Huge Screen Supertest (Part 2) - In-plane Twitching

5/9/2012 5:27:35 PM

In-plane Twitching

Until recently, anything capable of 1,000 to one or more for static contrast was very likely to be VA or IPS. More recently, TN monitors capable of 1,000 to one static contrast have appeared. At the same time, VA and IPS panels  have upped their game. EN is So any quoted figure above est. 1,000 to one(but below 5,000 to one)will indicate a panel other than TN.

The final give away is price, but here again, things have begun to change. Until recently, VA and IPS panels were always much more expensive. The good news is that lower cost derivatives, including e-IPS and MVA, are becoming ever more common. It’s now possible, for instance, to buy a 24-inch MVA screen for under $288.

Description: LCD buying guide

If that’s TN, what about the other two? Our next candidate is ‘In-Plane Switching’ or IPS technology. It occupies completely the opposite end of the scale from TN for everything from price to colour accuracy. Critically, where other panel technologies include a single controller transistor per subpixel, IPS packs a pair and offers superior crystal control and, in turn, the best colour accuracy.

Of course, increase a product’s complexity and you increase costs. But that’s not the only downside — the extra transistors also block light. That makes IPS notably Less vibrant and saturated than the best VA panels.

Another upside of IPS is extremely wide and consistent viewing angles. Unlike TN crystals with their rooted ends, the liquid crystals in an IPS panel rotate fully about their axis. That matters because it allows them to present a more consistent face to the viewer at varying angles and means a more constant quantity of light passes the red, green and blue subpixels regardless of the viewing angle. In other words, you don’t get wonky colours if you sit in an off-centre position at your desk.

There is, however, a snag. That greater range of crystal articulation translates into longer response times when transitioning between extreme colours. The longer that process takes, the blurrier a panel looks when rendering moving images. That said, just as TN technology is closing the gap for colours and contrast, IPS screens keep getting faster. Factor in the static fidelity advantages and it’s easy to see why IPS is the tech of choice for graphics professionals.

Top Tips

Gaming Panels

If alt-out gaming is your bag TN is a great choice. It’s the quickest, most responsive technology. VA screens are a good compromise if you want to throw movies into the mix.


Jargon explained


Sounds great, doesn’t it, Full HD? However, the problem is, although it always indicates the same 1,920 x 1080 pixel grid, it also means different things in the context of how different screens are designed. Those pixels spread over a 27-inch panel look very different on a 22-inch screen. This may all seem obvious, but the point is that a large screen often doesn’t give you any additional visual data.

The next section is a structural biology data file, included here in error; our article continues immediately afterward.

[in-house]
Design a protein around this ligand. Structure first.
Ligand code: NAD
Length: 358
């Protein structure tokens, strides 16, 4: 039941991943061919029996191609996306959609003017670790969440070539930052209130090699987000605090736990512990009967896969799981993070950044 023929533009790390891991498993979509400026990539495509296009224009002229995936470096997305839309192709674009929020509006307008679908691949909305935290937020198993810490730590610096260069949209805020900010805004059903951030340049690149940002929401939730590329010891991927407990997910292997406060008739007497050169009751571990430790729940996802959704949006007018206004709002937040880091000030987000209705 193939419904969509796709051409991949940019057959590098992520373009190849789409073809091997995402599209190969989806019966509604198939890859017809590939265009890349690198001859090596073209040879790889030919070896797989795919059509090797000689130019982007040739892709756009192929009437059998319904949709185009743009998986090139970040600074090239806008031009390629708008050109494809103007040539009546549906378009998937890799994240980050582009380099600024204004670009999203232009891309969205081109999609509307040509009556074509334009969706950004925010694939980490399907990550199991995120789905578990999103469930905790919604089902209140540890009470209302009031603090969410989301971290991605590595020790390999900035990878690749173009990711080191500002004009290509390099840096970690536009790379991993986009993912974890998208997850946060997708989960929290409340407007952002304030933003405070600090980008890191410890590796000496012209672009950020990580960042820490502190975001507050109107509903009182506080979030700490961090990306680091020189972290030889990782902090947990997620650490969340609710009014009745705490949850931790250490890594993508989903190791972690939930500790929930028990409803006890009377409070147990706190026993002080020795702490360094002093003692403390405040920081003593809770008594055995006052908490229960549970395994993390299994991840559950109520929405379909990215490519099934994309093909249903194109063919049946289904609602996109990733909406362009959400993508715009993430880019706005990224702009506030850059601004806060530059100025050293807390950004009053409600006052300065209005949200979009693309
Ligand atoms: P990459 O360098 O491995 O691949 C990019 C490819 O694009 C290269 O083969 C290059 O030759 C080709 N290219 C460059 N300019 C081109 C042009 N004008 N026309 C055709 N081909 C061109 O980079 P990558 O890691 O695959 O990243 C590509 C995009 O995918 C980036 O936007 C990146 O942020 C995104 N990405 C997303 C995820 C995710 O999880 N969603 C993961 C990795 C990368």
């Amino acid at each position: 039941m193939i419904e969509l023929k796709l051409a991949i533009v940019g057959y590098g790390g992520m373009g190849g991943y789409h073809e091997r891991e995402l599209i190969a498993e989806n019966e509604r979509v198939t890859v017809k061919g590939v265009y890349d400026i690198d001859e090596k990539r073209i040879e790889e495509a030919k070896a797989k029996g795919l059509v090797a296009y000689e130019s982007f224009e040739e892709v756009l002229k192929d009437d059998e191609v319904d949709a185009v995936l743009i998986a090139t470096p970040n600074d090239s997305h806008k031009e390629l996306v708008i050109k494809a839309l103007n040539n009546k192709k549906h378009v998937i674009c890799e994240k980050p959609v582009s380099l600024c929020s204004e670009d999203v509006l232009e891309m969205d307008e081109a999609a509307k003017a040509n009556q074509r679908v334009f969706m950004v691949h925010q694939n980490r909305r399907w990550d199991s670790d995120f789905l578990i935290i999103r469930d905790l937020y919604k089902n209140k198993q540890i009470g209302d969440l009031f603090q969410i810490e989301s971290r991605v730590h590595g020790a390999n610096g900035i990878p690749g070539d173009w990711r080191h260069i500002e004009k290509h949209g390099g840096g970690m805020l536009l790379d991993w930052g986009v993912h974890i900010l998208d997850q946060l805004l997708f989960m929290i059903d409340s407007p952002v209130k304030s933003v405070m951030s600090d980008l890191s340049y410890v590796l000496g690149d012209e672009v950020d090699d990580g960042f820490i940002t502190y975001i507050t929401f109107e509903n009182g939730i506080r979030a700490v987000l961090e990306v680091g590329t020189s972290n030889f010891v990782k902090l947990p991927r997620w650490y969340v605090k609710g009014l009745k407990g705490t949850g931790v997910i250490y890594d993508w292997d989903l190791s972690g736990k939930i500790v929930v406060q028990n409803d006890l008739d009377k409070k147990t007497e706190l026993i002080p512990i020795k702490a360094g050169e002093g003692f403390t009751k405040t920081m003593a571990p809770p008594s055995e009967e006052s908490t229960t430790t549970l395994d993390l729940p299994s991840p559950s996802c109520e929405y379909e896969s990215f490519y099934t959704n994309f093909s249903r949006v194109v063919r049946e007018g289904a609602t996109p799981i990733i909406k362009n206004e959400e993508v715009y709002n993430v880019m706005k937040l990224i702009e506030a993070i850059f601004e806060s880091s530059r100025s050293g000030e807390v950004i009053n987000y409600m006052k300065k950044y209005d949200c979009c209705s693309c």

Description: Is LCD technology getting any better?

Going nowhere fast

Is LCD technology getting any better?

CPU makers have been slapping in more cores and features. Graphics chips are becoming ever more powerful and programmable, and SSDs are taking over from silly spinning platters. But what about LCD monitors? Where’s the progress?

These are certainly valid questions. TN, IPS and VA technology have dominated for years, and progress has been depressingly incremental. The only major shift in terms of underlying image quality during the last few years has been the introduction of LED backlights. They make a small but tangible difference to vibrancy and colour purity. That’s especially helpful for TN screens.

Apart from that, it’s largely been a case of bolting on gimmicks, such as dynamic contrast or digitally enhanced colours. The panels themselves have only improved a little. But there is hope. One shape it takes is called Super PLS. A technology cooked up by Samsung, it’s a development of IPS and supposedly offers a 100 per cent improvement in viewing angles, 10 per cent better brightness and lower production costs. For now, the Sam sung 8 Series S27A8 SOD (which is reviewed page 20) is the only screen we’re aware of in the UK that offers Super PLS. For the record, Sam sung is also using Super PLS screens in some of its Galaxy tablet devices.

Further out, the end game for PC monitors must surely be some kind of organic LED or OLED technology. In theory, OLED will offer numerous advantages including more or less infinite contrast, perfect blacks and limitless viewing angles. While OLED-derived technology has been popping up in several smartphones, it’s been slow to make the move to larger screens.

However, Sony, Samsung and LG are all seriously considering OLED for large displays. So we think it’s only a matter of time. Don’t expect any affordable screens before at least 2015, however. Not big ones anyway.

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